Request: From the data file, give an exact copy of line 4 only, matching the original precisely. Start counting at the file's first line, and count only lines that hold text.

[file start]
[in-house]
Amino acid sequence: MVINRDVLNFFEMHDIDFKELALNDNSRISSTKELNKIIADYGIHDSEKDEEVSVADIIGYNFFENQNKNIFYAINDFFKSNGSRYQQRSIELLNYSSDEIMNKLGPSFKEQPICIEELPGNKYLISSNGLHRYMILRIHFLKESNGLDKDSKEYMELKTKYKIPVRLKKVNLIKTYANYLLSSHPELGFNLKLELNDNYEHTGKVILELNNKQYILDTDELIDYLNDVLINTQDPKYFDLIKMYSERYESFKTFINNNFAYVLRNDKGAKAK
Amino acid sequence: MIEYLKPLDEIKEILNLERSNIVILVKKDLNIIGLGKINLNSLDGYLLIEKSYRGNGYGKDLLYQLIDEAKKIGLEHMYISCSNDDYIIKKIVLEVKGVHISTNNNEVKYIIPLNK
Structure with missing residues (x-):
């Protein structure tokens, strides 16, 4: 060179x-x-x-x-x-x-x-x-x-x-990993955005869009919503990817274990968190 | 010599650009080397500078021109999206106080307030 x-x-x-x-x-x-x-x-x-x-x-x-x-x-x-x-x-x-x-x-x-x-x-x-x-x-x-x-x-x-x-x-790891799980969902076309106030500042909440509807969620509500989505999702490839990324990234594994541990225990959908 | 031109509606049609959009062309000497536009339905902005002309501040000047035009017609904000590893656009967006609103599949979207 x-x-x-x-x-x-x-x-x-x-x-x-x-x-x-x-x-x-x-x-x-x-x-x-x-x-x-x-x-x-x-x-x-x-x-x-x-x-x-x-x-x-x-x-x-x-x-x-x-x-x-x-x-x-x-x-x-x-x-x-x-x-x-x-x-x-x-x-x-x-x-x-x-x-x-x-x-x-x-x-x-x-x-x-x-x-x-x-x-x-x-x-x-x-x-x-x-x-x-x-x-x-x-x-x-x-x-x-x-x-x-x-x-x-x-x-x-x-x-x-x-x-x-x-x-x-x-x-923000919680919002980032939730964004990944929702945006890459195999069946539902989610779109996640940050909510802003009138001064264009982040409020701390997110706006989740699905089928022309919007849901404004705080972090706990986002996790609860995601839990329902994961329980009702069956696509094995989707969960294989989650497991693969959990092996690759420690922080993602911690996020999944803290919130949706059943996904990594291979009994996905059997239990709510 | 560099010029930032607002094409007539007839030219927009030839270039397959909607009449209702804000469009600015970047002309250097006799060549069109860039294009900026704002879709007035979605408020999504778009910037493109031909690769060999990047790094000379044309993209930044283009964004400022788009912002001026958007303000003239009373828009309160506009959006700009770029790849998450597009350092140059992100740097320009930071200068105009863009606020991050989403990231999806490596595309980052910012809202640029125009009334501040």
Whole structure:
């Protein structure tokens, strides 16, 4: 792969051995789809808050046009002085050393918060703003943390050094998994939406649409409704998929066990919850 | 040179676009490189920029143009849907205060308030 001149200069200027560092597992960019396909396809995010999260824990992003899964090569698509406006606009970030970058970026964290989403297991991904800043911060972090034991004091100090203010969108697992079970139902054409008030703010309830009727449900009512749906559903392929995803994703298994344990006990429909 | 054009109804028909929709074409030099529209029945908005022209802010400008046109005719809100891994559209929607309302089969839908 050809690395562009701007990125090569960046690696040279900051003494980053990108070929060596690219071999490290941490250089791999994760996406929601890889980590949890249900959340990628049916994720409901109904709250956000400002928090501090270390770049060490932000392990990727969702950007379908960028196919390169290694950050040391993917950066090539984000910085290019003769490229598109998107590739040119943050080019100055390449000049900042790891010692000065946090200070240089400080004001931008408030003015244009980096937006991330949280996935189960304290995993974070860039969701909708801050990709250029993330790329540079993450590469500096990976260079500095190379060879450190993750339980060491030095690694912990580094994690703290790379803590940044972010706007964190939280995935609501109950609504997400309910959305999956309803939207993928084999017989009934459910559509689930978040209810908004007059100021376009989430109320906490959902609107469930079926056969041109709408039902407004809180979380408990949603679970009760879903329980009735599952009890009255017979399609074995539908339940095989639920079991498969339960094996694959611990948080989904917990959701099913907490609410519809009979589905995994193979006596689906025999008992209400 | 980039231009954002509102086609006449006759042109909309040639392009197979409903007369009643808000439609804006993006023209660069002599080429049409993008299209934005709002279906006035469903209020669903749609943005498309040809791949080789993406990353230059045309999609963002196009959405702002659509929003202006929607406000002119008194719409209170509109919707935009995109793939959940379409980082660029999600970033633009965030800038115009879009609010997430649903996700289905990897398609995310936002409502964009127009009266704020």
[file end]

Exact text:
Structure with missing residues (x-):